This week’s flashback Friday takes us back to a lovely afternoon in early July! Both our senior beekeeper, Mehreen, and junior beekeeper, Liam, made a trip to our rooftop apiary to check on a few hives. Gerry, a researcher on our 3D printing team, and I accompanied them as well.
We visited Hive 6 and Hive 11, which you can see on our live Bee Cam and on the diagram below.
Mehreen, Liam and Gerry conducted the usual beekeeping routine: seeing how much brood, pollen, nectar and honey each frame contained in a super!
The bees were well, and no one was stung!
Liam and Gerry smoke the top of the supers, causing the bees to fly off or crawl back onto frames. This provides the ideal space needed for beekeepers to grasp each frame and inspect it.
Summers in the District can get quite hot, ever-increasing the overall temperature of the hive, so bees spill out of the entrance and relax on the sides of their home.
Here, a group of bees clumps together, on the side of a hive,
and others prefer to settle on empty frames that we have readily available to place into hives.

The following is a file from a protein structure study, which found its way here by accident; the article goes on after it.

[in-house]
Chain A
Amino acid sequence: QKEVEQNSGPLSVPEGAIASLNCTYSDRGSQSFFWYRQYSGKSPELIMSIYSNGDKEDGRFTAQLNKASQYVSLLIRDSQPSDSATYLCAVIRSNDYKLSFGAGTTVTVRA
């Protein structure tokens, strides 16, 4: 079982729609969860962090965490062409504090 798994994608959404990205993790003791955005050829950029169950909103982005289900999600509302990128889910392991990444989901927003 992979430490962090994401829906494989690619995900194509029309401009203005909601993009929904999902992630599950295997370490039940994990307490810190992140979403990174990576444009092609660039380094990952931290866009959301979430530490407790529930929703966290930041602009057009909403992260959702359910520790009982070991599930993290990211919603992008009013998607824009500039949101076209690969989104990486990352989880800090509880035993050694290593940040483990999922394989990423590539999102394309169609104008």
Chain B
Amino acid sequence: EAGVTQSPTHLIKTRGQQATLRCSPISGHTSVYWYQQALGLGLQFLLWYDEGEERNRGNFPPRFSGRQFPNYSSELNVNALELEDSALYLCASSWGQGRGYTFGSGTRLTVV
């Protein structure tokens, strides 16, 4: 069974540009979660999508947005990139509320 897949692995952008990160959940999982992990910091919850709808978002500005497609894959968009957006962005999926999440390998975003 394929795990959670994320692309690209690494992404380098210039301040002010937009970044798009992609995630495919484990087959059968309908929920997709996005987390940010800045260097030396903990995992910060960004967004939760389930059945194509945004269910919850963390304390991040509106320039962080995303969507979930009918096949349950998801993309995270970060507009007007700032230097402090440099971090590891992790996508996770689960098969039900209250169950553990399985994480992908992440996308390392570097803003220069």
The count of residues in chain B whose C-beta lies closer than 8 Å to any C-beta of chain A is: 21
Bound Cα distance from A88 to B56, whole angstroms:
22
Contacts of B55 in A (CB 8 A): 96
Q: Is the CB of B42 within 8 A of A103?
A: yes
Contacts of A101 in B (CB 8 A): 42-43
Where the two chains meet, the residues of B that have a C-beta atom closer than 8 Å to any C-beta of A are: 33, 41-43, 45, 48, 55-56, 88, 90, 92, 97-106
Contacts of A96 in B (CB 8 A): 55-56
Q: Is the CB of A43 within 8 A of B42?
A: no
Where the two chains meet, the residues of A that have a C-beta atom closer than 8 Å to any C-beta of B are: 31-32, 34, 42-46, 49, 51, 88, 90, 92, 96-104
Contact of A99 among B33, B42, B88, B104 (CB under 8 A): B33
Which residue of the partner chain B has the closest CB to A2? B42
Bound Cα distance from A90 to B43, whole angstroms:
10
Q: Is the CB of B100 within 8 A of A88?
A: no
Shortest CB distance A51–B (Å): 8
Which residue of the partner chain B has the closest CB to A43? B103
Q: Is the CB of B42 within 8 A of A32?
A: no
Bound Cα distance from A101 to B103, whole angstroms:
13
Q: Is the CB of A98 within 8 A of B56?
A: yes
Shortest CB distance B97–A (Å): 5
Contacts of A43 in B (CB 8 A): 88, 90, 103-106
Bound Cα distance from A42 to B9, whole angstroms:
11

Still, other bees crawl all by their lonesome, not straying far from their sisters.
The pictures I took on this day, July 6th, are some of my favorites, for I had the opportunity to photograph glimpses of honeybee life that I had never witnessed before. I was able to see honeybee funeral rites being performed,
in which mortuary or undertaker bees (‘mortuary/undertaker’ being a subcategory of worker bee occupations) clean and prepare a deceased worker bee to be removed from the hive. Honeybees want to use all space available at all times, living in a “waste not, want not” society, so removing the dead bees allow for more space for the living. They also want to prevent other bees from becoming sick or infected, in case illness or mites had a hand in killing their sister.
We also had the opportunity to see the queen, as regal as ever among her subjects!
Although her royal court (a group of worker bees that attend to the queen’s every need) was not immediately surrounding her, they were not too far away.
Unfortunately, the afternoon’s heavy dark clouds eventually gave way to the immense amounts of water they were holding, and the four of us retreated to the lab, finished with our work for the day.
We hope you enjoyed this peek into our beekeeping activities, and remember to look out for more updates from our apiary here at GWU! Thanks for reading, and we hope you have a bee-utiful Friday!